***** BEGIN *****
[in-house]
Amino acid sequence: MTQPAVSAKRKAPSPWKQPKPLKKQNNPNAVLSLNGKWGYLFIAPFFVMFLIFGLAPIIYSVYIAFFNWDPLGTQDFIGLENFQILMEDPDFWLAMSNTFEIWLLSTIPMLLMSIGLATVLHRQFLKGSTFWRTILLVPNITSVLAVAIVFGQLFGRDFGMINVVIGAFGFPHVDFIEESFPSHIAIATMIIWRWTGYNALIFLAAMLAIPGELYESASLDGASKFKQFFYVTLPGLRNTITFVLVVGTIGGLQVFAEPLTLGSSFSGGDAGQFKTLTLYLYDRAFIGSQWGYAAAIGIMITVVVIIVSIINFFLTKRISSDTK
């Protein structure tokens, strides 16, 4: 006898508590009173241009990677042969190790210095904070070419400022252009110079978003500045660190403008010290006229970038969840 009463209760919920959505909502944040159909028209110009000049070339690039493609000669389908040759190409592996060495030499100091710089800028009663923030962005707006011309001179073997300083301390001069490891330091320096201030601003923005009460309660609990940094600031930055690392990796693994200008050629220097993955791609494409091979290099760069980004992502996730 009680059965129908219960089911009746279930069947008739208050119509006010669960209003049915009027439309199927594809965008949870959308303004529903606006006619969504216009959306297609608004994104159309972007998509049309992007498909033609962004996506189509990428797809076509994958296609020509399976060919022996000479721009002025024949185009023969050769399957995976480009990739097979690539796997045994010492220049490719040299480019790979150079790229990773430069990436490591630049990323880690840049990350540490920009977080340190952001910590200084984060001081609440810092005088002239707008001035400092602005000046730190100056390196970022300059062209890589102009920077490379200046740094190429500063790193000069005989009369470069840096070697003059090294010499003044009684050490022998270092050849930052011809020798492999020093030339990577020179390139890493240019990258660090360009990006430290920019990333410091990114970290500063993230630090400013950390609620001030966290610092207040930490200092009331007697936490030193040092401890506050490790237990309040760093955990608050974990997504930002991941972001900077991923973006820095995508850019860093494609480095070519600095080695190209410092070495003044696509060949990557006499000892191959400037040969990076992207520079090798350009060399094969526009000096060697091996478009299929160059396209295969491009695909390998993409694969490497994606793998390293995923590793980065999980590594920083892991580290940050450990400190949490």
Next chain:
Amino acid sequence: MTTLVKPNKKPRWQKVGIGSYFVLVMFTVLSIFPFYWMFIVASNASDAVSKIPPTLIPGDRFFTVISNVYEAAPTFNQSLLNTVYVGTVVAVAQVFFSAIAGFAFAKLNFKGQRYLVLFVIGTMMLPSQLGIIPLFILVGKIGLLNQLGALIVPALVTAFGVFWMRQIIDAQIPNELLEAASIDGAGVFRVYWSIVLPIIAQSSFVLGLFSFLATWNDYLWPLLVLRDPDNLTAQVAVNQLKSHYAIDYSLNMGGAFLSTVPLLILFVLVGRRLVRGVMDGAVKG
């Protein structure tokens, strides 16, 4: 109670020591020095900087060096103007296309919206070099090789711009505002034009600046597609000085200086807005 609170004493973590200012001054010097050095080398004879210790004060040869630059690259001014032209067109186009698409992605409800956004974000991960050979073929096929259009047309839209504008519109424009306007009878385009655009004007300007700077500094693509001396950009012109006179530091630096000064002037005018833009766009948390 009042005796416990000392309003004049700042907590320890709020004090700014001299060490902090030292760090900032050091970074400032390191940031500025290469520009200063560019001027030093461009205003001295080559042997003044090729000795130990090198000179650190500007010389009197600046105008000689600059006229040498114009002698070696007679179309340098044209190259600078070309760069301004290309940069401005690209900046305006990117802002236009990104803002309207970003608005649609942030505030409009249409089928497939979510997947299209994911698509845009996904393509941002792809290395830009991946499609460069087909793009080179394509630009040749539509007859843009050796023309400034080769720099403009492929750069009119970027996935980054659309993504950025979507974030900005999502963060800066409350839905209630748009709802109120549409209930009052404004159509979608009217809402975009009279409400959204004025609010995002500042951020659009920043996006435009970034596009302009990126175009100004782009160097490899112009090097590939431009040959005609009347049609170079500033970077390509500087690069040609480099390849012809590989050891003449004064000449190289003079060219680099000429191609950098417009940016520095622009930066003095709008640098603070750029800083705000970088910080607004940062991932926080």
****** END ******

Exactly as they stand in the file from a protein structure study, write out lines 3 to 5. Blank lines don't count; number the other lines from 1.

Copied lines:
């Protein structure tokens, strides 16, 4: 006898508590009173241009990677042969190790210095904070070419400022252009110079978003500045660190403008010290006229970038969840 009463209760919920959505909502944040159909028209110009000049070339690039493609000669389908040759190409592996060495030499100091710089800028009663923030962005707006011309001179073997300083301390001069490891330091320096201030601003923005009460309660609990940094600031930055690392990796693994200008050629220097993955791609494409091979290099760069980004992502996730 009680059965129908219960089911009746279930069947008739208050119509006010669960209003049915009027439309199927594809965008949870959308303004529903606006006619969504216009959306297609608004994104159309972007998509049309992007498909033609962004996506189509990428797809076509994958296609020509399976060919022996000479721009002025024949185009023969050769399957995976480009990739097979690539796997045994010492220049490719040299480019790979150079790229990773430069990436490591630049990323880690840049990350540490920009977080340190952001910590200084984060001081609440810092005088002239707008001035400092602005000046730190100056390196970022300059062209890589102009920077490379200046740094190429500063790193000069005989009369470069840096070697003059090294010499003044009684050490022998270092050849930052011809020798492999020093030339990577020179390139890493240019990258660090360009990006430290920019990333410091990114970290500063993230630090400013950390609620001030966290610092207040930490200092009331007697936490030193040092401890506050490790237990309040760093955990608050974990997504930002991941972001900077991923973006820095995508850019860093494609480095070519600095080695190209410092070495003044696509060949990557006499000892191959400037040969990076992207520079090798350009060399094969526009000096060697091996478009299929160059396209295969491009695909390998993409694969490497994606793998390293995923590793980065999980590594920083892991580290940050450990400190949490």
Next chain:
Amino acid sequence: MTTLVKPNKKPRWQKVGIGSYFVLVMFTVLSIFPFYWMFIVASNASDAVSKIPPTLIPGDRFFTVISNVYEAAPTFNQSLLNTVYVGTVVAVAQVFFSAIAGFAFAKLNFKGQRYLVLFVIGTMMLPSQLGIIPLFILVGKIGLLNQLGALIVPALVTAFGVFWMRQIIDAQIPNELLEAASIDGAGVFRVYWSIVLPIIAQSSFVLGLFSFLATWNDYLWPLLVLRDPDNLTAQVAVNQLKSHYAIDYSLNMGGAFLSTVPLLILFVLVGRRLVRGVMDGAVKG